Radio frequency identification (RFID) skimming is a criminal activity method that uses radio-frequency magnetic fields to unlawfully track people, vehicles, and acquire payment card information without the need of being in direct contact. Statistics from 2016 demonstrate the drastic increase of these “digital pickpocketing” acts, as almost all newer credit and debit cards utilize contact-free payment options. According to Tripwire, in 2016 there were 2 million more RFID skimming victims than in 2015, with $16 billion total being stolen through skimming.
Here are a few things you need to know about RFID skimming and how you can keep your information safe.
Why is falling victim to RFID skimming so easy?
A major reason is the fact that owning card reading machines are both legal to own and easy to purchase on Ecommerce websites. There are also card reading applications that one can purchase for their mobile device and can be used for RFID skimming. In addition, many people put their wallets or payment cards in their back pockets, making them easily susceptible to be identified by a digital pickpocketer. Several RFID readers only have to be within a few inches to successfully gain access to a person’s information, especially in congested cities where people often walk to work or are surrounded by large crowds. To segue on this topic, there are certain places RFID skimmers like to take advantage of due to the nature of the high traffic areas. Settings such as different means of public transportation as well as ATM machines, gas pumps, retail shops, and restaurants seem to be easier targets for RFID skimmers to gain access to other people’s information and payment methods.
How to avoid RFID Skimming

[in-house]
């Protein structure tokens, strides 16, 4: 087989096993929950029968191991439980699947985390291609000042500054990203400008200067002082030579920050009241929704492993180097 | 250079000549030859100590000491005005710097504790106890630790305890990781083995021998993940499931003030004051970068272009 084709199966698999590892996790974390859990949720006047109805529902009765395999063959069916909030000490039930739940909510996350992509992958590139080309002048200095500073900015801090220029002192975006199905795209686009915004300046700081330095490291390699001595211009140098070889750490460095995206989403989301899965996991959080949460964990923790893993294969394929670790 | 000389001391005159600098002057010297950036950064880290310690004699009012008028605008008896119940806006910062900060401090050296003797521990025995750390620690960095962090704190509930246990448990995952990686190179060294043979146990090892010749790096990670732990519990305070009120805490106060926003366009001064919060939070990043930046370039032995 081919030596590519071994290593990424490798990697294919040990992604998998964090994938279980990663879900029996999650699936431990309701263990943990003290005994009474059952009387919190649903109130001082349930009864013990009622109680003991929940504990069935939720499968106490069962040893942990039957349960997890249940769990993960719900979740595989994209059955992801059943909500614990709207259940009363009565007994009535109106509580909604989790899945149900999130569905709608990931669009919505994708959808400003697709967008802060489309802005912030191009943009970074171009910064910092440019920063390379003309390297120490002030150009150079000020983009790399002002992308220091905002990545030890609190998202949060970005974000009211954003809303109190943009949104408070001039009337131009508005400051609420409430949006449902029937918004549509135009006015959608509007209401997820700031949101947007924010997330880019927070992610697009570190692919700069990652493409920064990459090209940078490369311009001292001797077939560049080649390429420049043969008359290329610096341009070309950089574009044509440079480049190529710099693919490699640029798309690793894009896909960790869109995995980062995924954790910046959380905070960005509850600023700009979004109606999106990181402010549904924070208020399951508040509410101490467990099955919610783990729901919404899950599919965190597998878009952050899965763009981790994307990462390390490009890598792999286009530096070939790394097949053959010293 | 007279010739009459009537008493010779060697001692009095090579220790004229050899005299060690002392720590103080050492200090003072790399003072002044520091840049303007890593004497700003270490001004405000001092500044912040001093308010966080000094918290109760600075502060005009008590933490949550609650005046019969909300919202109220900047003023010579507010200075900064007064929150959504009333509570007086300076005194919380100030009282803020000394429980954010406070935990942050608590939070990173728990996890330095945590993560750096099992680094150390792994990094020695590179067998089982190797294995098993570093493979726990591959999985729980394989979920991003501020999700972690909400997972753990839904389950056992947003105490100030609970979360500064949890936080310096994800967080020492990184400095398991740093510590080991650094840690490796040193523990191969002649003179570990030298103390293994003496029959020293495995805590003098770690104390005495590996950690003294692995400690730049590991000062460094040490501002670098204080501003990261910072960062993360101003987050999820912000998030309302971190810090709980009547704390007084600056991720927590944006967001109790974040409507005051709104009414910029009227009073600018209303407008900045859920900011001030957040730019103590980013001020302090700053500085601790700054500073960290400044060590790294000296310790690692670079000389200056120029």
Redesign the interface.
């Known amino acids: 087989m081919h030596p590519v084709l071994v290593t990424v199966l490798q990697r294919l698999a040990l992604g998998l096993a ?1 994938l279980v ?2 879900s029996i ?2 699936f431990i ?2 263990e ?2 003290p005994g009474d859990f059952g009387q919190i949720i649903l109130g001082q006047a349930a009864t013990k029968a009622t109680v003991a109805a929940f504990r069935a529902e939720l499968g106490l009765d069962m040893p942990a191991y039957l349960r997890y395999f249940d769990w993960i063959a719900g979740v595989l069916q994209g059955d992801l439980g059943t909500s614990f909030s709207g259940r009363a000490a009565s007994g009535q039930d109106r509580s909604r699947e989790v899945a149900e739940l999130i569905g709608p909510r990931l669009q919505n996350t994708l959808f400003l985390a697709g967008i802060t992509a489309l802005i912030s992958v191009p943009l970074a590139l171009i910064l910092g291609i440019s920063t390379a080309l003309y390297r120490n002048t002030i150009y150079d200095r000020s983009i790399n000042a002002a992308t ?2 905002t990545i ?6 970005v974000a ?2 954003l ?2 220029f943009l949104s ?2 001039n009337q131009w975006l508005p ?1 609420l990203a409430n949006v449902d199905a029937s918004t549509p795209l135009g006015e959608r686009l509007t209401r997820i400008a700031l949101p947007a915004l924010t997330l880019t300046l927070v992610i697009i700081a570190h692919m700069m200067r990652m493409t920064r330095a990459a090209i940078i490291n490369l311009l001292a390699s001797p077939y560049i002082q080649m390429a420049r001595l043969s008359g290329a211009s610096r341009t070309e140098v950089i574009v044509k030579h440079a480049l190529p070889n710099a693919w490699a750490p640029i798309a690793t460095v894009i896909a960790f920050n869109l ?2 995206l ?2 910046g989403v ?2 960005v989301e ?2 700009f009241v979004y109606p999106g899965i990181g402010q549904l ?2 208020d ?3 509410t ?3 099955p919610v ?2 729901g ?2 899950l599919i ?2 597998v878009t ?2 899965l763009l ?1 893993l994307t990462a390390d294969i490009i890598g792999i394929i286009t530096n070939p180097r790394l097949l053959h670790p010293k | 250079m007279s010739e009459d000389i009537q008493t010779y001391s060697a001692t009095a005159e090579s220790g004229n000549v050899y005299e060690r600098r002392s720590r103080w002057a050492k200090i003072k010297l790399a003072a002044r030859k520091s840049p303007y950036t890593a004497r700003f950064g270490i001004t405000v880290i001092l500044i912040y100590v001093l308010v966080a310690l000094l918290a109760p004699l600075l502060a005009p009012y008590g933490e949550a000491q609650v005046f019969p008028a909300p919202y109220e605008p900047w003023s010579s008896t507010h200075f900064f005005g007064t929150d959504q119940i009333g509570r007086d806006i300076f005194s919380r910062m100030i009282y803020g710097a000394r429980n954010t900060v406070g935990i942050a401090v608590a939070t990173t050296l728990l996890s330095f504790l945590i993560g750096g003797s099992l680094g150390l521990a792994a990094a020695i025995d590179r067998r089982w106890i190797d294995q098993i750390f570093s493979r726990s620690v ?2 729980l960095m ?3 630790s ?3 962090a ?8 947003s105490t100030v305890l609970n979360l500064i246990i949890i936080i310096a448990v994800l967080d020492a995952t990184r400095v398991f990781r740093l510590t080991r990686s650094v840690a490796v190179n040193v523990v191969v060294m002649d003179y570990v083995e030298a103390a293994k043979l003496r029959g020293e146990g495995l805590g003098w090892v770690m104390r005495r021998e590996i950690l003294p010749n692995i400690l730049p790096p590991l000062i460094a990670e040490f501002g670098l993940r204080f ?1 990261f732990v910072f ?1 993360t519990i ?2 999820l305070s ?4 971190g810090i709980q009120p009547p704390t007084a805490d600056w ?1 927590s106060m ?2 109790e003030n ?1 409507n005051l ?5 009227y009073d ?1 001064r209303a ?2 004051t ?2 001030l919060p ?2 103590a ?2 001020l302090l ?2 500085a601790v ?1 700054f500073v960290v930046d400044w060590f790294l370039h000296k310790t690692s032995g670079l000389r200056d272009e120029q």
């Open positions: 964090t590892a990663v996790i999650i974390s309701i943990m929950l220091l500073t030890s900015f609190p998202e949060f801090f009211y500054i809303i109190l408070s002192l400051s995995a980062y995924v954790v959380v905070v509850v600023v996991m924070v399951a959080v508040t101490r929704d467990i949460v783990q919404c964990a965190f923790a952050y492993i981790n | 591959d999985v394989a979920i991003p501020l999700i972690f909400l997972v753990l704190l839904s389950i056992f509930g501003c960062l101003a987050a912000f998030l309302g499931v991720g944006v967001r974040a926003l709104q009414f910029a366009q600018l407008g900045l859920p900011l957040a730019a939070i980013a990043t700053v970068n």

Here are some different ideas to keep in mind to help prevent RFID skimming from happening to you. Consider purchasing a wallet that is “RFID skimming proof.” You can find these at most major retail stores as well as online. These wallets are designed to prevent transmission signals from RFID readers, making it difficult to steal payment and other personal information. If transmission signals are not being identified from your wallet, criminals are less likely to gain access to your information.
Looking for a cheaper alternative that you may already have in your house? Red construction paper may another viable option. According to some technology specialists, such as YouTuber ThioJoe, there has been research that shows that wrapping specifically red construction paper around your payment cards can significantly reduce RFID signals and transmission waves. Aluminum foil has also been said to help reduce these signals, but technological advances in RFID readers are making it easier to infiltrate through this household item. While red construction paper may not completely block transmission signals from your wallet, it significantly reduces them.
Some other practical tips you can do is put your wallet in your front pocket and place all your debit and credit cards in one location in your wallet. Having your cards in one location mixes up signals from being transmitted and placing your wallet in your front pocket decreases the likelihood that a pickpocketer will gain access to your payment information.
We hope you found this information helpful, and your trusted security experts here at Laura’s Locksmith and Security encourage you to try out these tips to ensure the protection of your valuable information.